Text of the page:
Are you beginning with the Phrygian mode just because:
1) You just want to begin at the start of the fretboard and not on the low C (8th fret)
2) The C major scale is the "simplest" as it contains no sharps or flats (instead of ie: E Ionian)
3) The Phrygian mode *really IS* the first position?!

The correct answers would be number 1 and 2. I used C major key and just wanted to start from the E note since it is the lowest note. Also, C major key is the simplest and usually the key that we all learn first (wetter in elementary school or when starting with music).


QUOTE
also, i was talking to a guy about modes some time ago and the way he was thinking about modes was always based on the pentatonic scale.. He did this because he had thorough knowledge about this particular scale (it's usually the first we learn etc.).

But from the pentatonic scale he said to himself (lets take the Aeolian scale in C major)
"Okay, so how can i create the A Aeolian mode based of the A minor pentatonic"

Well, he just needs to add two more notes.. and those notes are a flattened 3rd (B note) and sharpened 5th (F note) (forgive me if this is not completely correct in the theory, but i hope you get the idea)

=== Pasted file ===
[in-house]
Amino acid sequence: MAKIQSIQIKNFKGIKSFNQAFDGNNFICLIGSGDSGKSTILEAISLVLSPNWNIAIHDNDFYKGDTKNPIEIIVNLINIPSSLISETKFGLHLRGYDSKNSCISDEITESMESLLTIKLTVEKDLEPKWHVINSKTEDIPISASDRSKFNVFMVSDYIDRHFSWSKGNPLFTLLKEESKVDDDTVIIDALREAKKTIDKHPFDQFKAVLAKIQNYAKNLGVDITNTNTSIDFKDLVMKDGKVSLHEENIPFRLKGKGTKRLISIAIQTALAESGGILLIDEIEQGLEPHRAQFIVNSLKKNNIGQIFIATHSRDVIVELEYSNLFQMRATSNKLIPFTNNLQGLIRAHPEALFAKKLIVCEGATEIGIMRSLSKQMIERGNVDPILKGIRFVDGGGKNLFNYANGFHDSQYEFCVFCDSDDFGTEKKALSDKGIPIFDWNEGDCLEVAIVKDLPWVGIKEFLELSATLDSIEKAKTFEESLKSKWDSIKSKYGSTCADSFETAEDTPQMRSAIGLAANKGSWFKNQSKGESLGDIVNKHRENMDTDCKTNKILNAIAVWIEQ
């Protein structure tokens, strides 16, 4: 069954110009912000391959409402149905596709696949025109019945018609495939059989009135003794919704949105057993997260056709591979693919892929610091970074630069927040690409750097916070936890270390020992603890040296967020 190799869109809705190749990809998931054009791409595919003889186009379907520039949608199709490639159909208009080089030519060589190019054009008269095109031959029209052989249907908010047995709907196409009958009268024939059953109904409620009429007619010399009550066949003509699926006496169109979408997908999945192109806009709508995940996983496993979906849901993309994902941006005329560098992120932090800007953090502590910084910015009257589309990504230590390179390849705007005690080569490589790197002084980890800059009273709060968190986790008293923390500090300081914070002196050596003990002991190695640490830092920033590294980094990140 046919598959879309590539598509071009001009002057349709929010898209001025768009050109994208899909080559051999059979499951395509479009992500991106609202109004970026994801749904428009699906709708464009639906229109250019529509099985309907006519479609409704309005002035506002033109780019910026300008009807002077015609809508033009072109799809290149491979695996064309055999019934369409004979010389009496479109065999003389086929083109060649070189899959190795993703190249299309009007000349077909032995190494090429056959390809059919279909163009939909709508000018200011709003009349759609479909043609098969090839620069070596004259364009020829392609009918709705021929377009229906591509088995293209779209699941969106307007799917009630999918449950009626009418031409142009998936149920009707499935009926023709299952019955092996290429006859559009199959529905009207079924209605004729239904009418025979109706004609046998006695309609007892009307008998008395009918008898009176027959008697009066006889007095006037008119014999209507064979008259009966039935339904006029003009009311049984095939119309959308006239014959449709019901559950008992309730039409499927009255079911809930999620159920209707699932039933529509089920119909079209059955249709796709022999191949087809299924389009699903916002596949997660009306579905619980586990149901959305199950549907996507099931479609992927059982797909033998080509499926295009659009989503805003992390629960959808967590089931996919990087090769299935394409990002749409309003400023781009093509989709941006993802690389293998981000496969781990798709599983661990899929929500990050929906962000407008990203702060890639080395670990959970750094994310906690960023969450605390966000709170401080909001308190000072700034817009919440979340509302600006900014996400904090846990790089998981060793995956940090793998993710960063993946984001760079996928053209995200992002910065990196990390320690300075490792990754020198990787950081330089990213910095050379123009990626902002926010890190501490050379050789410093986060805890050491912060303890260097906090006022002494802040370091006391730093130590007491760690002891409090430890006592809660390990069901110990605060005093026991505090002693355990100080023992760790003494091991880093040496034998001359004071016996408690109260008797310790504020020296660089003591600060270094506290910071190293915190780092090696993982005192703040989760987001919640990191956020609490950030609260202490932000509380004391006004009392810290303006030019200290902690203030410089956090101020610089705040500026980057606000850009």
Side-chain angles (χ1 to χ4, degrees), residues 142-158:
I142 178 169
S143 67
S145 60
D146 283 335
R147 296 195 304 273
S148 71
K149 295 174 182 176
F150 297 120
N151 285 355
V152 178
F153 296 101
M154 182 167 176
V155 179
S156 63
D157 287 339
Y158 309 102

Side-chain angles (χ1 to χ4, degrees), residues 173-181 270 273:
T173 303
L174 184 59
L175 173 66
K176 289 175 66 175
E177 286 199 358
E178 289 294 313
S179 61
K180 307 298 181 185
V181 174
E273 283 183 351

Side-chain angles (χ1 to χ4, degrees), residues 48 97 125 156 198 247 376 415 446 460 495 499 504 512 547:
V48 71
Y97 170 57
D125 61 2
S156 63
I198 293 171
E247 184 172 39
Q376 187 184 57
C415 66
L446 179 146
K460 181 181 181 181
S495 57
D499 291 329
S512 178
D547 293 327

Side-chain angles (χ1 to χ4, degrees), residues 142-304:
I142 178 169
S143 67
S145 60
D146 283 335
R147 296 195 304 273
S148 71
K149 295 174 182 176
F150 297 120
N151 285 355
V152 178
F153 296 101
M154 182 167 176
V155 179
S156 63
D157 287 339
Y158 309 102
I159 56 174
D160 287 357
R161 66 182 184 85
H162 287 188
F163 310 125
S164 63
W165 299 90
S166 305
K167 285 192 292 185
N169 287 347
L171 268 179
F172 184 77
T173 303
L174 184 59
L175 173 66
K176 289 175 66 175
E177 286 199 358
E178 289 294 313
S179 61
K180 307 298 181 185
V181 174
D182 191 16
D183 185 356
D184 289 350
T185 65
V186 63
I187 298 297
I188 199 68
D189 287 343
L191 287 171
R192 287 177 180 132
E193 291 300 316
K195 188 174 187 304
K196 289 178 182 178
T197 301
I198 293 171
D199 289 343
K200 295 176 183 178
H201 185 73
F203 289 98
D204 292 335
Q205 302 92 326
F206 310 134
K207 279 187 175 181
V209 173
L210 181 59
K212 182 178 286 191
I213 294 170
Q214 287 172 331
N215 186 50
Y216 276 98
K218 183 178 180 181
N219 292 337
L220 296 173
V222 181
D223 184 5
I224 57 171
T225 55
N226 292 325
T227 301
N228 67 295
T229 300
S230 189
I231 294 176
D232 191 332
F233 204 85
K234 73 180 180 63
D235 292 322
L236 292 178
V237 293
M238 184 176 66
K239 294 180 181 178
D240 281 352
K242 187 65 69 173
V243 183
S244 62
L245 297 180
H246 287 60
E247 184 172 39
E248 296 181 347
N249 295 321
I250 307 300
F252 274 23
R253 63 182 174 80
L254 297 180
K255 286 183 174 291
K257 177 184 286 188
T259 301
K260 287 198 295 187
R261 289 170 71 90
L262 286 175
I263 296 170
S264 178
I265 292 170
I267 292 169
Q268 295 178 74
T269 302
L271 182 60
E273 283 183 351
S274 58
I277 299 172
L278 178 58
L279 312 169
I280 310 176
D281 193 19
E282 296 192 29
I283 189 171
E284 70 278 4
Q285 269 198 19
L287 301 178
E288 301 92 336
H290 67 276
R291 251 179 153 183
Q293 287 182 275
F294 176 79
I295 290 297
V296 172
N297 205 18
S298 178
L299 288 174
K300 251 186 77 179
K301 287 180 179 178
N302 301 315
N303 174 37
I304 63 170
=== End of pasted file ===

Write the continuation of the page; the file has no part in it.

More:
it seemed like a good idea to me, but what do you think?? would it be better to learn the actual position patterns completely or would it be a good idea to think "lower the 3rd", "raise the 5th" (in this particular case)??

This is a good way to look at pentatonic modes and corresponding diatonic modes, so you can match them to some extent. However I do not believe this method is good by itself, it's more of a perception thing when you look at the patterns and add certain notes and complicates things by a long way.

There are couple reasons for this:

1. pentatonic scale has only 5 modes, and you can make 5 diatonic modes out of those 5 pentatonic scales by simply adding 2 notes in every mode. For example if you have C major pentatonic scale and 4 other C major pentatonic modes, you can add F and B notes in every mode and make diatonic modes. However you will still be lacking two diatonic modes, and those are Lydian and Locrian (F and B as roots).